1. Girl Fights For Her Right To Play Football…And Wins
After being told she couldn’t play football because girl’s aren’t allowed to play contact sports, 12-year-old Makhaela Jenkins challenged her school district’s policies. Noting that she’d already been playing organized team football, Makhaela fought her Baltimore, Ohio school’s decision and won! After facing an enormous backlash from the public, the school backed down, allowing Makhaela to try out for the team. “Some people have different goals and dreams they want to follow, and if they want to play a sport, (they) should be able to play a sport no matter what gender you are.”
2. Lesbian Teen Elected Homecoming King
Long Island student and, at that time, 17-year-old girl Faith Shepard ran for homecoming king in 2013, not because she wanted to win but because she wanted to shine a light on the discrimination that transgender teens face, specifically her friend Regina. So, she got her name on the ballot and the students voted her in. The school and community weren’t happy and even considered making a new rule barring girls from being homecoming king but Faith says she did it to make a point. “Transgenders don’t get equal roles in society. Transgenders aren’t always treated very nicely in society. This is me standing up for transgenders and my friend.” The School Board ultimately ruled that men or women could run for homecoming king or queen.
3. Teens Challenge The Notion That Girls Are A “Distraction”
Just last week, 100 South Carolina high school students took part in a protest against their school’s dress codes which includes banning short shorts, strapless dresses, spaghetti straps, and sunglasses among other things because they could cause they aren’t considered “appropriate”. Girls protesting the school’s code wore scarlet “A’s” to as well as sending the hashtags #NotADistraction and #NotADistractionSOA into trending status.
4. School Bans Disabled Girl’s Service Dog
Devyn Pereira is a 7-year-old from New York who suffers from Angelman Syndrome which looks a lot like epilepsy and autism symptoms-wise. To help her stay focused in school she has a service dog named Hannah. Amazingly, Hannah is also able to tell when Devyn is about to suffer a seizure making her invaluable for helping to keep Devyn safe. However this wasn’t enough reason to allow Hannah to accompany Devyn to her Rochester school and the family has been required to also pay $25,000 over the last year for a dog handler to go to school with Devyn every day to keep Hannah under wraps.
Devyn and her family think it’s unreasonable as does the U.S. Justice Department who have now sued the school on Devyn’s behalf.
5. Girls Fight Against “Shaming” Dress Code
Maggie Sunseri of Woodford County, Kentucky took her opposition to her schools’ dress code to the next level, creating a documentary on just how the her school’s restrictive dress codes make the female students at the school feel. Here’s why she made it.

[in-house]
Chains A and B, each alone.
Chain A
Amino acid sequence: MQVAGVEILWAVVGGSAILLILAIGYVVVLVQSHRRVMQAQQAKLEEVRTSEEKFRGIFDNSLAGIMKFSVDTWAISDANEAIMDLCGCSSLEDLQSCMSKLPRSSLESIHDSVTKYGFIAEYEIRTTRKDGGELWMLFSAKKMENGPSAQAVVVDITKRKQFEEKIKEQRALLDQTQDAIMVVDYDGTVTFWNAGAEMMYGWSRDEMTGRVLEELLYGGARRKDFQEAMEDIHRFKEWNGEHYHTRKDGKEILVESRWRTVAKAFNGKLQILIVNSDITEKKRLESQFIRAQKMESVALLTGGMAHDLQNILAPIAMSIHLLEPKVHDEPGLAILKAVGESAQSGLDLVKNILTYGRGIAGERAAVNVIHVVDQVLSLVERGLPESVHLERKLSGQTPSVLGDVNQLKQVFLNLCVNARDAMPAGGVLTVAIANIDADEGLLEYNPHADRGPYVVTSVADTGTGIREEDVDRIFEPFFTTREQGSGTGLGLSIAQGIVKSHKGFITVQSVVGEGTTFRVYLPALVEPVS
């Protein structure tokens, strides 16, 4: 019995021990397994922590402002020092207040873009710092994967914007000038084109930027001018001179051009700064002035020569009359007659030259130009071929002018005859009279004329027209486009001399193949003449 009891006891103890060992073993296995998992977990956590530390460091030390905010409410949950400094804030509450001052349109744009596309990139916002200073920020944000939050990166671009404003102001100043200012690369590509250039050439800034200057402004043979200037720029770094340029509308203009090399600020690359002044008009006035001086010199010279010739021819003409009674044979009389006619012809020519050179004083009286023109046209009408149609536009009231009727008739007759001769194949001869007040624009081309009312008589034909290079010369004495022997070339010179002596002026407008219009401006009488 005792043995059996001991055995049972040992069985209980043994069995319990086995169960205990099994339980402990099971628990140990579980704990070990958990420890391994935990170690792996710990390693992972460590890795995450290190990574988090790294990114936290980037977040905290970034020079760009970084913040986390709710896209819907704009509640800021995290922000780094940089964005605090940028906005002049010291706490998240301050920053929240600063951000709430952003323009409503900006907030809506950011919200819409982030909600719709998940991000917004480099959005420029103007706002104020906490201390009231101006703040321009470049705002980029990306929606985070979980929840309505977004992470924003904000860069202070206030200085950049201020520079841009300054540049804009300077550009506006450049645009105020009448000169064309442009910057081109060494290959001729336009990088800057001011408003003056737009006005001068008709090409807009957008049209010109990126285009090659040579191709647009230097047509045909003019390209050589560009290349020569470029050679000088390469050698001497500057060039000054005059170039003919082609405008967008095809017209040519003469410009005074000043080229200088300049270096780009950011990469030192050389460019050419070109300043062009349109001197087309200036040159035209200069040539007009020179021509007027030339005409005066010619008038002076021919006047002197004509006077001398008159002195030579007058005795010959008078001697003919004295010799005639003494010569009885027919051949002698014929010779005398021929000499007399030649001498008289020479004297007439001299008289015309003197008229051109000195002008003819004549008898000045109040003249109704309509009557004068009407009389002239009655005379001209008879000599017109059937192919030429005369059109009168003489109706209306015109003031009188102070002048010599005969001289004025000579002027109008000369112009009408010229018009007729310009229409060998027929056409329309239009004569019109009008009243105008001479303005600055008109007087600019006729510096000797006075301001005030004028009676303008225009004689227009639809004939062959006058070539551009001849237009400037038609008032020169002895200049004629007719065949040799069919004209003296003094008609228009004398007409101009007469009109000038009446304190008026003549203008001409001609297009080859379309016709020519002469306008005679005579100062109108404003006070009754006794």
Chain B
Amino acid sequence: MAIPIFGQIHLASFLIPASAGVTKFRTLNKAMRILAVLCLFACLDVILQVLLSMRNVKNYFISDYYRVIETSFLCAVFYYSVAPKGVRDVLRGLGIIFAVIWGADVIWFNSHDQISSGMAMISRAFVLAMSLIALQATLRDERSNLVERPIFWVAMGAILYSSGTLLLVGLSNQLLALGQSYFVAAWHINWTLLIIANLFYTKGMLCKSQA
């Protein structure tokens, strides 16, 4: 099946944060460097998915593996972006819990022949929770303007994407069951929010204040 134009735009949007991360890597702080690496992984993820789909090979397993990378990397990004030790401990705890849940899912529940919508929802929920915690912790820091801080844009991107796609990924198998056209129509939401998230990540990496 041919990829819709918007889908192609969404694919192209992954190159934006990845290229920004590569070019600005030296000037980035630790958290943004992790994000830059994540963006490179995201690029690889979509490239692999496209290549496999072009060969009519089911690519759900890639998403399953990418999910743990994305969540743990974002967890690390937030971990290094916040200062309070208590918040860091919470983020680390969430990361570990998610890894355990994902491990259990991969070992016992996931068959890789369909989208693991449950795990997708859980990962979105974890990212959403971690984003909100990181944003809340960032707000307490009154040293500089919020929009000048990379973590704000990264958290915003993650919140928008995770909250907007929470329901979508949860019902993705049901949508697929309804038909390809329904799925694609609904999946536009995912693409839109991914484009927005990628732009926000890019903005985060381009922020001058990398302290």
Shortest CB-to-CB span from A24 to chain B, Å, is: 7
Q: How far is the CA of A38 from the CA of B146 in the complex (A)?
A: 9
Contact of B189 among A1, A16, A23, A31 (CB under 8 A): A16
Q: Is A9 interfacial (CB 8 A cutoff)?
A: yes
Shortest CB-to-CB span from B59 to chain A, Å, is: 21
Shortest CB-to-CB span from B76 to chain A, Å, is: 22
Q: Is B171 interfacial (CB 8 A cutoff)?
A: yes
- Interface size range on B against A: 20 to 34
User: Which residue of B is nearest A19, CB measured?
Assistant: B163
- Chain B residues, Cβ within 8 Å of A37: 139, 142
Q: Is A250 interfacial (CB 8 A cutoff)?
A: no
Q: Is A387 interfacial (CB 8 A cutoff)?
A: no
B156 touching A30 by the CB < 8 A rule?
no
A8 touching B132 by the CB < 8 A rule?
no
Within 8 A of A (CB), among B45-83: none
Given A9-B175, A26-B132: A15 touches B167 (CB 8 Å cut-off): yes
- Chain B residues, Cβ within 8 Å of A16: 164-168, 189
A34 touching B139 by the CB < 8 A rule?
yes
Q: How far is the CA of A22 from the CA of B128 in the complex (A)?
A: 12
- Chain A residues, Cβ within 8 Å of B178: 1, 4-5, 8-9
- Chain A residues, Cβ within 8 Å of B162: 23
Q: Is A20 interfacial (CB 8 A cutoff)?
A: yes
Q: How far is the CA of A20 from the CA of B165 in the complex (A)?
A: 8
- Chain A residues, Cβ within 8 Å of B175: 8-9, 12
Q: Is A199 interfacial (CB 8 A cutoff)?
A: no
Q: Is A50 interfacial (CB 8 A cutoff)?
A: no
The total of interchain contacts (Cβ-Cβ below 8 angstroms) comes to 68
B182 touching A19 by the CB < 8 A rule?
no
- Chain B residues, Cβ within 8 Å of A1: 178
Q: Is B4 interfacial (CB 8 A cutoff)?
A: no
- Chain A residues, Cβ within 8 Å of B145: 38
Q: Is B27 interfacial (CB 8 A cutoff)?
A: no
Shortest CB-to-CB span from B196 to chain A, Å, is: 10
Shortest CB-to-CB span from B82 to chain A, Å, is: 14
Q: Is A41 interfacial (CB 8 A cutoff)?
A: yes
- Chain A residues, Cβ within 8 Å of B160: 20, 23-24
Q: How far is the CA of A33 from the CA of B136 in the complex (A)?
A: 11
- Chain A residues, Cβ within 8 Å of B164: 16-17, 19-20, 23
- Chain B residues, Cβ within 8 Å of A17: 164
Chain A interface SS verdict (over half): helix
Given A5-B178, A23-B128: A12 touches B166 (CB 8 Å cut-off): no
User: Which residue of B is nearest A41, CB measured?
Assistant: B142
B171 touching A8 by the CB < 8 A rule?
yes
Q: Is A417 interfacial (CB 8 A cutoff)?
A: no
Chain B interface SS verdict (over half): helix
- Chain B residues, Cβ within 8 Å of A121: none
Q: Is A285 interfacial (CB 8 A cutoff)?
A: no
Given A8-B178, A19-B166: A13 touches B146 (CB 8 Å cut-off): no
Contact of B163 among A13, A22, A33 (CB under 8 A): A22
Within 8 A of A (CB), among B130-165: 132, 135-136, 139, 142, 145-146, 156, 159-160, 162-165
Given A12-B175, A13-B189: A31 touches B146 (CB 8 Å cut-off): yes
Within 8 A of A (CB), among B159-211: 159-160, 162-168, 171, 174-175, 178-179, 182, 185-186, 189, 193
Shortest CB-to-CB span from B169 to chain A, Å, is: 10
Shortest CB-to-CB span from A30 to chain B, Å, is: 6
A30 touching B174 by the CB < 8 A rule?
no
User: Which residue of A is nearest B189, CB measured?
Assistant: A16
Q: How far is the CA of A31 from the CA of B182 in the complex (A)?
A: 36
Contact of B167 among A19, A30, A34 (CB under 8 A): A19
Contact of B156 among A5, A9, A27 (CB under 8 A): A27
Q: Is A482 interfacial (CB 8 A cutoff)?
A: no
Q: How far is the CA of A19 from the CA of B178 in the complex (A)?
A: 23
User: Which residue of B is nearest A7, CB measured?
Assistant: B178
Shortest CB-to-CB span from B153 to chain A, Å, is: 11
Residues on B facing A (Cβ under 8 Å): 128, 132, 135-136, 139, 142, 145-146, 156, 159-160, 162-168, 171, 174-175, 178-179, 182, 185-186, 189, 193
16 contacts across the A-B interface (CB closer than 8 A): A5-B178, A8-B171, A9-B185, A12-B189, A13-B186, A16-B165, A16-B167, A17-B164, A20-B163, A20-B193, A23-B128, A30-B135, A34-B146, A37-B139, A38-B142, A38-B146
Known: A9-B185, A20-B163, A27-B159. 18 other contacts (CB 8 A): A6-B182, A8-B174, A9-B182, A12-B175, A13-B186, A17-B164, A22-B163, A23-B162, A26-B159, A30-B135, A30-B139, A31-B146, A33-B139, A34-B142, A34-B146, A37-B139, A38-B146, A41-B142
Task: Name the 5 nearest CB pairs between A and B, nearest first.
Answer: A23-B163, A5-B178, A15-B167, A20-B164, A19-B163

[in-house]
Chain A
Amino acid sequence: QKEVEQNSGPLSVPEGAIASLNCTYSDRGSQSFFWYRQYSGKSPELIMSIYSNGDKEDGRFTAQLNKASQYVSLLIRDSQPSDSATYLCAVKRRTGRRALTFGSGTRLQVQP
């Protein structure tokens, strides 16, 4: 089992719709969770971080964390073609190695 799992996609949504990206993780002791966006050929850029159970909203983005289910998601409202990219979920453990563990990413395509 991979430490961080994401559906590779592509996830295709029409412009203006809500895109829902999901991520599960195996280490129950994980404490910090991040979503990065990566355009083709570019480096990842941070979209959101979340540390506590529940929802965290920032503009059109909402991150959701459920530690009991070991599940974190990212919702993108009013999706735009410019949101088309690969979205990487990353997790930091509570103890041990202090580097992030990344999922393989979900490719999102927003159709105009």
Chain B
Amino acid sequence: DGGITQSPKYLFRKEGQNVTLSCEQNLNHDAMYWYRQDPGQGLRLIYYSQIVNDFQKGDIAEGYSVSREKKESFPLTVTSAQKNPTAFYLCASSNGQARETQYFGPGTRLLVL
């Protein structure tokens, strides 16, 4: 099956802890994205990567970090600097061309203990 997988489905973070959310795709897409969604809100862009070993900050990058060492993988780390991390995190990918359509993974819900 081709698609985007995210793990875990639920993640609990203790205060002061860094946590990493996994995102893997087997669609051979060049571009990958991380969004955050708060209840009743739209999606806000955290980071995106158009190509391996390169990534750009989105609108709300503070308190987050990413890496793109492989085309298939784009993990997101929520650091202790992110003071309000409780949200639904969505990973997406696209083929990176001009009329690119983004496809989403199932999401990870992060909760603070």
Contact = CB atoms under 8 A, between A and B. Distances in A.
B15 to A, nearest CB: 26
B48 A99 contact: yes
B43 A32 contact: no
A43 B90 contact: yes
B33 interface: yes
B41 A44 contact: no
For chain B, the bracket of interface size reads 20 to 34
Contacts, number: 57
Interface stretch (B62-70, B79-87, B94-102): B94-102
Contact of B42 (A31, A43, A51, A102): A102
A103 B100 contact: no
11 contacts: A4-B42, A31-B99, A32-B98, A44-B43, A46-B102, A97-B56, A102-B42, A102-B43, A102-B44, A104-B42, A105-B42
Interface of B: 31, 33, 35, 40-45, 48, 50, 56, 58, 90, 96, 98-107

“I made this documentary for a filmmaking class project, but I also just really wanted to show the reality of the WCHS dress code and all other school dress codes. I think that there needs to be an open discussion when it comes to the issues presented in this film, and I think that by showing how the dress code affects real high schoolers, it could open the door for the amendment or abolition of the dress code.”
6. Fifth Grader Stands Up To School’s Insane “ChapStick Policy”
Eleven year old Grace Karaffa has a lip problem. More specifically she has a dry lip problem that results in her lips chapping badly and sometimes even cracking and bleeding. To fix the problem she uses ChapStick which is just vaseline in a tube to protect her lips. Her school said no and even went so far as trying to label ChapStick “over the counter medicine” which it isn’t.
To fight back and not have to suffer bleeding lips during class, Grace put together a presentation for the county’s school board as to why the policy should be overturned. The best part from the presentation is when a board member asked her if ChapStick might serve as a “distraction” from her school work. Karaffa’s response was “I think it would be more distracting to have bleeding lips while I’m doing my work.” The board overturned the policy shortly afterward.
7. Black Girl Threatened With Expulsion Over Her Hair
Vanessa VanDyke was a 12-year-old African American student at a Florida private school who decided to let her hair be natural. As a result, she ended up being teased about it by some of her white classmates. Instead of putting an end to the bullying, the school instead gave Vanessa a week to style her hair according to the school handbook which was presumably written by Caucasians with Caucasians in mind.
Vanessa and her family stood strong on the issue though and the school backed down soon after her situation was publicized broadly.